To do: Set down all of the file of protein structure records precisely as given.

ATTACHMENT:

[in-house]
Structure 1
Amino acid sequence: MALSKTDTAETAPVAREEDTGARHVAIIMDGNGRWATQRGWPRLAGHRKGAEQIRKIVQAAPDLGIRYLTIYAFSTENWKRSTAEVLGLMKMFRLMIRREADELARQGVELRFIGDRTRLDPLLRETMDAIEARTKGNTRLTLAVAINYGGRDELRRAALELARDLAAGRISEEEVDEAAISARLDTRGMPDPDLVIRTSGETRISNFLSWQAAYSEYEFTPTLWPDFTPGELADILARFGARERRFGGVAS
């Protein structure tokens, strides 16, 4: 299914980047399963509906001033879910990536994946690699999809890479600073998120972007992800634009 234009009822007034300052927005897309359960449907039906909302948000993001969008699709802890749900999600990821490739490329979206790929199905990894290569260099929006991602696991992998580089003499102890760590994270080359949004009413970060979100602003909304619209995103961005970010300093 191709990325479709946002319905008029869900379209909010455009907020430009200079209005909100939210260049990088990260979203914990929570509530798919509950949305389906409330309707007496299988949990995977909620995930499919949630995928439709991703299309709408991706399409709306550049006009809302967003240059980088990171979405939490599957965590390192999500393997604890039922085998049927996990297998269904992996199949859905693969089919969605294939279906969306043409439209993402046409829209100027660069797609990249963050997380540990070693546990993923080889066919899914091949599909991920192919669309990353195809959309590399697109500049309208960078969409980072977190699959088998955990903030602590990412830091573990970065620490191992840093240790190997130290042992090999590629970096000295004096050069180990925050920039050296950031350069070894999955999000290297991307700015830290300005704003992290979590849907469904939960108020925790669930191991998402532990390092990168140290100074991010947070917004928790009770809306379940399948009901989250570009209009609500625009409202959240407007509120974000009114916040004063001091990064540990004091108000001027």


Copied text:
[in-house]
Structure 1
Amino acid sequence: MALSKTDTAETAPVAREEDTGARHVAIIMDGNGRWATQRGWPRLAGHRKGAEQIRKIVQAAPDLGIRYLTIYAFSTENWKRSTAEVLGLMKMFRLMIRREADELARQGVELRFIGDRTRLDPLLRETMDAIEARTKGNTRLTLAVAINYGGRDELRRAALELARDLAAGRISEEEVDEAAISARLDTRGMPDPDLVIRTSGETRISNFLSWQAAYSEYEFTPTLWPDFTPGELADILARFGARERRFGGVAS
């Protein structure tokens, strides 16, 4: 299914980047399963509906001033879910990536994946690699999809890479600073998120972007992800634009 234009009822007034300052927005897309359960449907039906909302948000993001969008699709802890749900999600990821490739490329979206790929199905990894290569260099929006991602696991992998580089003499102890760590994270080359949004009413970060979100602003909304619209995103961005970010300093 191709990325479709946002319905008029869900379209909010455009907020430009200079209005909100939210260049990088990260979203914990929570509530798919509950949305389906409330309707007496299988949990995977909620995930499919949630995928439709991703299309709408991706399409709306550049006009809302967003240059980088990171979405939490599957965590390192999500393997604890039922085998049927996990297998269904992996199949859905693969089919969605294939279906969306043409439209993402046409829209100027660069797609990249963050997380540990070693546990993923080889066919899914091949599909991920192919669309990353195809959309590399697109500049309208960078969409980072977190699959088998955990903030602590990412830091573990970065620490191992840093240790190997130290042992090999590629970096000295004096050069180990925050920039050296950031350069070894999955999000290297991307700015830290300005704003992290979590849907469904939960108020925790669930191991998402532990390092990168140290100074991010947070917004928790009770809306379940399948009901989250570009209009609500625009409202959240407007509120974000009114916040004063001091990064540990004091108000001027």